Do You Still Need Eye Exams After LASIK?
Do I need to keep seeing my eye doctor after LASIK?
A laser vision correction procedure like LASIK can correct your prescription for nearsightedness, farsightedness, and astigmatism, reducing and sometimes completely eliminating your need for glasses or contacts.
LASIK is a fantastic option for seeing better and living life a little easier. So, now that you have better vision with LASIK, you might be thinking you can start skipping those annual eye exams.
And that’s where you are wrong. Just because you’ve corrected your vision, doesn’t mean you no longer have to take care of your eyes.
Like the rest of your body, your eyes are part of your overall health and there can be issues beyond what LASIK “fixed.”
Why are eye exams important?
Some of the first signs of diseases such as thyroid disease, high blood pressure, auto-immune conditions, and diabetes can show up in an eye exam. Isn’t that reason enough to make those eye appointments?
Even so, there are also several common eye conditions — many unrelated to your vision correction procedure — that you should continue to be screened and evaluated for by your ophthalmologist. These include:
Anyone can develop glaucoma, particularly those with a family history. Glaucoma damages the optic nerve, which can lead to loss of vision and even blindness. It can be caused by a number of factors, all of which have effective treatments. That said, there is no cure for glaucoma and any vision loss due to glaucoma cannot be restored.
Early detection — often from an annual eye exam — is essential as treatment can help manage the disease and prevent significant vision loss.
Several factors can contribute to cataracts forming: age, smoking, diabetes, long-term exposure to UV (sunlight), and medications such as corticosteroids.
Cataracts — the clouding of the lens of the eye — are generally thought to be a sign of old age, but in fact, people can develop cataracts in their 40s and 50s ss part of the natural aging process. Cataract development is often monitored over time and treated with surgery once the visual impairment can no longer be tolerated.
Other age-related eye conditions:
Macular degeneration is the deterioration of the center of the retina, causing loss of vision in the center of your vision that spreads over time. Most eye doctors routinely screen for this at annual eye exams.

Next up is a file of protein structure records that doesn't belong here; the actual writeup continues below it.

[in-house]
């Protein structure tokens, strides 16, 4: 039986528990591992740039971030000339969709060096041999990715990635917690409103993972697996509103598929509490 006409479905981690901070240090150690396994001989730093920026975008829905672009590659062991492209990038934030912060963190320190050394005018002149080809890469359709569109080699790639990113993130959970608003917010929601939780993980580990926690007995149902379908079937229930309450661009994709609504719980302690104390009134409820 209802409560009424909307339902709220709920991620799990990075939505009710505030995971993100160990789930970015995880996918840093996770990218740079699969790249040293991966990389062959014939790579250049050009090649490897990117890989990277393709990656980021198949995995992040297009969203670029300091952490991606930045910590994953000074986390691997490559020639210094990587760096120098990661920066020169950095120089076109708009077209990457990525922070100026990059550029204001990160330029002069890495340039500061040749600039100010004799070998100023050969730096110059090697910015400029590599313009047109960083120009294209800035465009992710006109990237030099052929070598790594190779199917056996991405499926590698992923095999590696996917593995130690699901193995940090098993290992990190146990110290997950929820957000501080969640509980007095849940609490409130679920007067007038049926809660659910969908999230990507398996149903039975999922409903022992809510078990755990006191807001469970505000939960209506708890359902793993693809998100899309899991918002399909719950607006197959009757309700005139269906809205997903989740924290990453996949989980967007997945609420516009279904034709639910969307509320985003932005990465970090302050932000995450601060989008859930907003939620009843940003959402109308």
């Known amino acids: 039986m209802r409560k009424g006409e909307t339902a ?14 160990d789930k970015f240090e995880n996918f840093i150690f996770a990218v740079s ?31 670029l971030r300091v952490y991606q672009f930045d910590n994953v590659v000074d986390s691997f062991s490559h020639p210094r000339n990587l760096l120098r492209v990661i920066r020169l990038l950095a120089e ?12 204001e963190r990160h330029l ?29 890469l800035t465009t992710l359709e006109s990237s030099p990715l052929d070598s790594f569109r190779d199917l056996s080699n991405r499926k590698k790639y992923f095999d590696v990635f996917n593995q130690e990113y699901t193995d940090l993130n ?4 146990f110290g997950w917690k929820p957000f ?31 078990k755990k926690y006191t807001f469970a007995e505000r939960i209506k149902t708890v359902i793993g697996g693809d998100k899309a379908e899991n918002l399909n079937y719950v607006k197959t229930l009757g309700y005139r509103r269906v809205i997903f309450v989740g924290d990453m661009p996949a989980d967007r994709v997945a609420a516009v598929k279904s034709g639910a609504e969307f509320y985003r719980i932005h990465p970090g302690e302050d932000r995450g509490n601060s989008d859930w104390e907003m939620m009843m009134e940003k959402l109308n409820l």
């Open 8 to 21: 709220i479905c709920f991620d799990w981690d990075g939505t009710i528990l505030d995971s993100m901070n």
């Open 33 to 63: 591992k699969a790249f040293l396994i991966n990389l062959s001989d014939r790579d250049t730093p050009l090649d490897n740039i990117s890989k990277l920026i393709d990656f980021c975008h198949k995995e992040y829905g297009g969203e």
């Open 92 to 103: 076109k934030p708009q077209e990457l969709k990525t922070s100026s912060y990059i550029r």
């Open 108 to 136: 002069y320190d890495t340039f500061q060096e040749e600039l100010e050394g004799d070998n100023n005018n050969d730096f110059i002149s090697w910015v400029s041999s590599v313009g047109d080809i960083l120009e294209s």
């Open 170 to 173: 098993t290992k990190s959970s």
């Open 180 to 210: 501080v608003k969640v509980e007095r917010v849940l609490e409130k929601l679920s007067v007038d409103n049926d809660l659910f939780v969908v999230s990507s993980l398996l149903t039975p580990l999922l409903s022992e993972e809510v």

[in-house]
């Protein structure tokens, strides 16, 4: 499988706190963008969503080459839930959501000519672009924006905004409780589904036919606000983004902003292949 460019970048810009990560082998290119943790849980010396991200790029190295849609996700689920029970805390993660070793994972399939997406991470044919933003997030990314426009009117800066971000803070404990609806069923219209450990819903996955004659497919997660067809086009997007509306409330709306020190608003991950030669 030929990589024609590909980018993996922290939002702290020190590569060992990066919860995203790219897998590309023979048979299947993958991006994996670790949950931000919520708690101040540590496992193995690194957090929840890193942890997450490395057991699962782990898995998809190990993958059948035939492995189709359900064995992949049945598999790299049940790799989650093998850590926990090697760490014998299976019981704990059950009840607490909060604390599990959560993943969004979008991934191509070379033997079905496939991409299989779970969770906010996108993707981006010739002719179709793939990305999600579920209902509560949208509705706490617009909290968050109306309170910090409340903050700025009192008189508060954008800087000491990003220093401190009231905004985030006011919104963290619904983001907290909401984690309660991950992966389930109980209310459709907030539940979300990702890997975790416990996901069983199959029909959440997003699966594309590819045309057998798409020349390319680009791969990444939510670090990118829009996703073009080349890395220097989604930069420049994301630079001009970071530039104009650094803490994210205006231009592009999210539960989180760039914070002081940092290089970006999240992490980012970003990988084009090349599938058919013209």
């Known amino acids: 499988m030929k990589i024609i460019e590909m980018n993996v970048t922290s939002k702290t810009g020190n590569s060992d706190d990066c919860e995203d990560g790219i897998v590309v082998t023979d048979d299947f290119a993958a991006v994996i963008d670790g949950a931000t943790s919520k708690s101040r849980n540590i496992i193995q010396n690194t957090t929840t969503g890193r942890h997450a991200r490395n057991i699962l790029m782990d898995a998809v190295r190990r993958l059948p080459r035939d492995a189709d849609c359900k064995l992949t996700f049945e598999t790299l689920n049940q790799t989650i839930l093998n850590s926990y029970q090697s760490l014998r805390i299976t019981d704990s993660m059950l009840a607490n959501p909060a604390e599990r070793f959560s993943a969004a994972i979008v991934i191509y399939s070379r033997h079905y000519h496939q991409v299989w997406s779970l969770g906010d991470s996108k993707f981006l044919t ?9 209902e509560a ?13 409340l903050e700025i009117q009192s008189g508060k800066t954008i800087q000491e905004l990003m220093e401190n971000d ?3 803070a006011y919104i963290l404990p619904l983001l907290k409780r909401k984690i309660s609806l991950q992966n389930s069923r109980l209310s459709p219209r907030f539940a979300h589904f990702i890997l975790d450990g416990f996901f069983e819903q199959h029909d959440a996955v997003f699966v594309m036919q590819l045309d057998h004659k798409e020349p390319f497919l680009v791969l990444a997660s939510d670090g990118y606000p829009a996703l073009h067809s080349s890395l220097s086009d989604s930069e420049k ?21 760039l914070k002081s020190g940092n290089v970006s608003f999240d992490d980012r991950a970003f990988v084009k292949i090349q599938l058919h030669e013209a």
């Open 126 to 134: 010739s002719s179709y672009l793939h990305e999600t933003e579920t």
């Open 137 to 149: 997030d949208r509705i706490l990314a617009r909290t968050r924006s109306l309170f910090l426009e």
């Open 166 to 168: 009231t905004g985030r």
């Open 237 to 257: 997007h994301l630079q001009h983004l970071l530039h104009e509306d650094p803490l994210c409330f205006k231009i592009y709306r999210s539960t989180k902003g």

The risk for macular degeneration increases with time — typically after the age of 55 — and early detection is essential for preserving vision as long as possible.
Presbyopia — a loss of sharp focus that begins after age 45 — may also be on your eye doctor’s radar. If it occurs, your doctor may prescribe reading glasses.
Most people have tiny, dark specks, strands, or squiggles floating around in their field of vision. These flecks are caused by a thickening of the vitreous fluid in the eye that cast shadows onto the retina (the organ that gives you sight)
Like other conditions, floaters are part of the natural aging process. People who are (or were) nearsighted, have diabetes, or have had cataract surgery have a higher chance for floaters. Most people learn to ignore them, but there are treatment options if they significantly impact vision.
However, sometimes floaters can be an indication of something more serious such as a retinal detachment (see below).
Posterior Vitreous Detachment:
The inside of your eye is filled with vitreous — a thick fluid that fills the eye, helping it keep its round shape. That fluid has millions of fibers attached to the retina at the back of the eye. Over time, the vitreous shrinks and the fibers pull away from the retina and break. This detachment causes floaters.
Posterior Vitreous Detachment is common and is part of the natural aging process. Most people over the age of 50, or who are (or were) significantly nearsighted, are affected. It’s not sight-threatening and doesn’t require treatment.
A sudden increase in floaters, a loss of peripheral (side) vision, and/or light flashes are all symptoms of a retinal detachment — which is serious and possibly sight threatening. Emergency treatment is required for successful treatment.
Those with high or degenerative nearsightedness are at risk, as are those with a family or health history of retinal detachment. Cataract surgery, eye injury and some other eye diseases and disorders are associated with retinal detachment. If you suspect you have a retinal detachment you need to see your ophthalmologist immediately.
(source: American Refractive Surgery Council)